Diablo III: Reaper of Souls: Ultimate Evil Edition

Finish your goddamned exposition. I want to kill some demons.

He seems nice

Player 1 has Joined

I never played Diablo 2.

At this point, you may have mentally dismissed this review. “How on earth” — you might say — “is he able to even render an opinion on Diablo III without having devoured Diablo 2!?” — brief pause to wipe furious froth from the mouth — “He should go back to playing his baby games! For babies!”

So, I never played Diablo 2. I also never played Borderlands, Torchlight, Destiny or any number of other loot games. I guess I never understood the appeal; yes it’s fun to see the numbers go up, but it achieves little more than the opportunity to see them go up some more, right?

Die! Die by fire!

Wrong. It turns out watching the numbers go up is fun. My bad.

Diablo is a top-down hack-and-slash game. Practically speaking, you walk towards an objective marked by a glowing arrow. En route, you hit, burn, freeze, mince, bludgeon, burn, cleave, reave, impale or otherwise inconvenience hordes of demons that desperately want to use your scalp as a hat.

Upon death demons drop gold and gear, which you collect and store in your implausibly deep pockets. Once sufficient trinkets are hoarded, your party will pause to staple said trinkets to various parts of their bodies. Perhaps you have a slightly better hat, or a weighty possum-on-a-stick weapon that supersedes your — now obsolete — rat-on-a-stick.

Die! Die by electricity!

Thus the basic loop of the game is formed: kill demons, loot demons, don loot, sell remaining loot, kill demons. There is a story but it doesn’t matter; a mess of angels and demons and NEPHILIM who are all bastards. It’s a framing device and has little effect on your enjoyment either way. The next glowing arrow should be your only concern.

Die! Die by zombie dogs!

Player 2 has Joined

We never would have tried Diablo were it not for this amusingly melodramatic piece from Kotaku. It always seemed the antithesis of what we would play together. A long, dark RPG, replete with complicated mechanics and inventory management. The game has seventeen difficulty levels for god’s sake.

There is crafting and leveling and alchemy. There are quests and side quests and random events. There are active abilities and passive abilities and two different stats for health. In short, too much to handle.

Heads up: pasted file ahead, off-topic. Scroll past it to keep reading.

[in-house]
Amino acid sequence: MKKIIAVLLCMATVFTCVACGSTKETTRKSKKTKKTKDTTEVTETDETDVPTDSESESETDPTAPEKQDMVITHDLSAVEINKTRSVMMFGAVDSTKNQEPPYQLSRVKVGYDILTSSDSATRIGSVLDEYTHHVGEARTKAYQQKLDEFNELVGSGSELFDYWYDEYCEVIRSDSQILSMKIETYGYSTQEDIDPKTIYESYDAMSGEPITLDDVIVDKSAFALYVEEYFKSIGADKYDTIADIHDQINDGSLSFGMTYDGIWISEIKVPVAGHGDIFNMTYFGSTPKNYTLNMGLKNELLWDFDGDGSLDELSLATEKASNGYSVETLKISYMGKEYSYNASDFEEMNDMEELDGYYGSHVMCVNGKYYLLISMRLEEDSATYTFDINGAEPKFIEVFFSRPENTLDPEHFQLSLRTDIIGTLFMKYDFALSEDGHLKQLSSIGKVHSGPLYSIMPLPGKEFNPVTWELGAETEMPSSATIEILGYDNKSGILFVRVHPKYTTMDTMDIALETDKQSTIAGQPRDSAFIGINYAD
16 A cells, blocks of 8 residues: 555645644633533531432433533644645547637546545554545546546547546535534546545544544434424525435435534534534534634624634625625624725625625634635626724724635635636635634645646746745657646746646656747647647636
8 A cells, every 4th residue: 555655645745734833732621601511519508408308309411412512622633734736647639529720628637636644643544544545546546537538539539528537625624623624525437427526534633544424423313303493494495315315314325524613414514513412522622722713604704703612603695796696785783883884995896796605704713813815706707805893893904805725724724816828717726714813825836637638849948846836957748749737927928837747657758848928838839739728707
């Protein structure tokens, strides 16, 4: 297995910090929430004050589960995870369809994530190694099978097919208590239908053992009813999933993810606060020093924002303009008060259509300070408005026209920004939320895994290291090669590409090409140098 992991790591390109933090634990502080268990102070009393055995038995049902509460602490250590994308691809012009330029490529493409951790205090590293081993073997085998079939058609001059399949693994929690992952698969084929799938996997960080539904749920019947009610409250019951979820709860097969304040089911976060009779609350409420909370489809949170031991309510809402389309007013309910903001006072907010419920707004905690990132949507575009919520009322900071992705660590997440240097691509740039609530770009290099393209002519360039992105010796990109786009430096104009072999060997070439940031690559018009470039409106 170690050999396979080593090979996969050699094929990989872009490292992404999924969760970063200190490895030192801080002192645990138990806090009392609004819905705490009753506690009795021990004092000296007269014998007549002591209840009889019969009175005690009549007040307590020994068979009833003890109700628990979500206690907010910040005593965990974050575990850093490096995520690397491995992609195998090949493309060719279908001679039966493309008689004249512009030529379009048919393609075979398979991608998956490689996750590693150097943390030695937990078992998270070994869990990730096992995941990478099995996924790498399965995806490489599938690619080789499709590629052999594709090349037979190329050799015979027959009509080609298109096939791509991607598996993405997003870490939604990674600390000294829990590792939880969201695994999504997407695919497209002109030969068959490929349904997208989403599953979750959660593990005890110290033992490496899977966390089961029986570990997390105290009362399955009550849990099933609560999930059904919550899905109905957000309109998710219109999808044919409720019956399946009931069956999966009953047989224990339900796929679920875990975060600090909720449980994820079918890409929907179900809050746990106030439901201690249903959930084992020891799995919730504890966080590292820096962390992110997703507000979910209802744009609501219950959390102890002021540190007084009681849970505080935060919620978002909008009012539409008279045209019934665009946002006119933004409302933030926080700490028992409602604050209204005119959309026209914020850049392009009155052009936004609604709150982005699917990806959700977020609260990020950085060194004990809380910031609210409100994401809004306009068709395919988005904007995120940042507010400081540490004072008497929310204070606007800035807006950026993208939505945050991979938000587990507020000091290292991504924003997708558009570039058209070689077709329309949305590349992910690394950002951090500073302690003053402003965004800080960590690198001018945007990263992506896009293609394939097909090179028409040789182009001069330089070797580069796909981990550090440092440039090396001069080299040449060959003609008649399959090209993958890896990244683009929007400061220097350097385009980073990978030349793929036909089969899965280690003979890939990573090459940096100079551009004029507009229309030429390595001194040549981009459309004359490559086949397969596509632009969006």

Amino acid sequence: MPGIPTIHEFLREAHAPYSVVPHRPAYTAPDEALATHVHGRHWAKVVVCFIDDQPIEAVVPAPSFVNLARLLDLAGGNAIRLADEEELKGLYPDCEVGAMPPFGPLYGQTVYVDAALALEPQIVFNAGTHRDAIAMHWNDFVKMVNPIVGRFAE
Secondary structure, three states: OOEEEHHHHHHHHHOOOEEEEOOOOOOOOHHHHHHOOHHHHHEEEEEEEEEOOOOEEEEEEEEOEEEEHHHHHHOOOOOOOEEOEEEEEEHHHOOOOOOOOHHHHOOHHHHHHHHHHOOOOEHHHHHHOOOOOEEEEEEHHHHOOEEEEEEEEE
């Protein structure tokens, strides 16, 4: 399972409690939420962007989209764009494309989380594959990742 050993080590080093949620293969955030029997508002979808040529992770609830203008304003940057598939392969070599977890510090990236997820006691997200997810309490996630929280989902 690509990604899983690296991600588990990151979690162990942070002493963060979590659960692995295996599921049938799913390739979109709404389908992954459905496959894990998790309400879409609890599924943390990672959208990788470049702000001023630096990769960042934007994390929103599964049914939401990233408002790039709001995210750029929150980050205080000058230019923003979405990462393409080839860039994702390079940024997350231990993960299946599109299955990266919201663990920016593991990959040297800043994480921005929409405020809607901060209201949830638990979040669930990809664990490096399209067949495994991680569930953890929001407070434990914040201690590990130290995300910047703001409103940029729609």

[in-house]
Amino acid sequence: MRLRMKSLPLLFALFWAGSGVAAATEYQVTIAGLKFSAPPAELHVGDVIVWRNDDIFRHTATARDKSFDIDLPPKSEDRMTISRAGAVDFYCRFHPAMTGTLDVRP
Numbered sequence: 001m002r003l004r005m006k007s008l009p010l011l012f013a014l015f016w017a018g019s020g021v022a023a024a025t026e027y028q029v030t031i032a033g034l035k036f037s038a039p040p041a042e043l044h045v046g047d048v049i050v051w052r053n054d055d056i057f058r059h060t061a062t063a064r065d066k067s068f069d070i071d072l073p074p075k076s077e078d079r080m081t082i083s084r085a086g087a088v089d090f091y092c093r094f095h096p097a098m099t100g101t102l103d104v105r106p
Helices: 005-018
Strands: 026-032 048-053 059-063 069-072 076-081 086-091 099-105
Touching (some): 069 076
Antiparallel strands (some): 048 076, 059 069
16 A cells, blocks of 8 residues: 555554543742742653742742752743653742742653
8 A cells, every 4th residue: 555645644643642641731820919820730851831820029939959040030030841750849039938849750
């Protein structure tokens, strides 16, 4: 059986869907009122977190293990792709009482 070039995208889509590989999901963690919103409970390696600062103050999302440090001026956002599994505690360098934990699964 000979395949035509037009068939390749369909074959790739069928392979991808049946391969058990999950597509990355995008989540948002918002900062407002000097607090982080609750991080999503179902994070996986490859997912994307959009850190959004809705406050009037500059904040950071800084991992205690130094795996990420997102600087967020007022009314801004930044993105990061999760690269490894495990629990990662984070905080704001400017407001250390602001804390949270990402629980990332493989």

And yet, we had a great time with this game, and here is the secret: ignore all that shit. We never engaged with crafting, or alchemy, or any number of higher level mechanics. We leveled our characters and went about our merry, violent way.

Die! Die by hatstand!

The controls seem complicated at first. Your character has multiple abilities that they can trigger at any time. Luckily, the game unlocks ability slots slowly, meaning Tong had plenty of time to get used to managing 3 abilities before getting a 4th, and so on. She never found it overwhelming. Tong did not experience any motion sickness with the game.

Tong played as the Witch Doctor character, a summoner. She became very attached to her zombie dogs, making them a constant presence early on. Later, they would be ruthlessly discarded in favour of the gargantuan, a hulking Frankenstein/zombie crossover, who accompanied us for the remainder of the game.

She took to the leveling and gear systems relatively easily. The interface is initially cluttered and confusing, and it took a couple of evenings before we were comfortable with what each stat/ability did. Don’t be afraid to Google. We would pause every hour or so to “do our stuff”, meaning sort through new loot and abilities. Frustratingly you cannot both do this at once, making this a perfect time for a toilet break.

Die! Die by flying pointy thing!

Can you share it?

Yes, but to reiterate:

  • Do not engage with Crafting, Disassembly, Skill Runes, Persistent Followers, online elements or NPCs other than merchants.
  • Do not try and understand the story.
  • Play on Expert (3/17) Difficulty. The default difficulty (1/17) is far too easy.

We completed the game together in around 20 hours. It didn’t drag or overstay its welcome, but one play-through was enough. I do not think we’ll return to it for the obsessive replaying customary to the series.

Diablo III: Reaper of Souls: Ultimate Evil Edition was developed by Blizzard Entertainment and is available on PS3, PS4, Xbox 360 and Xbox One. Co-op is only available on the console versions.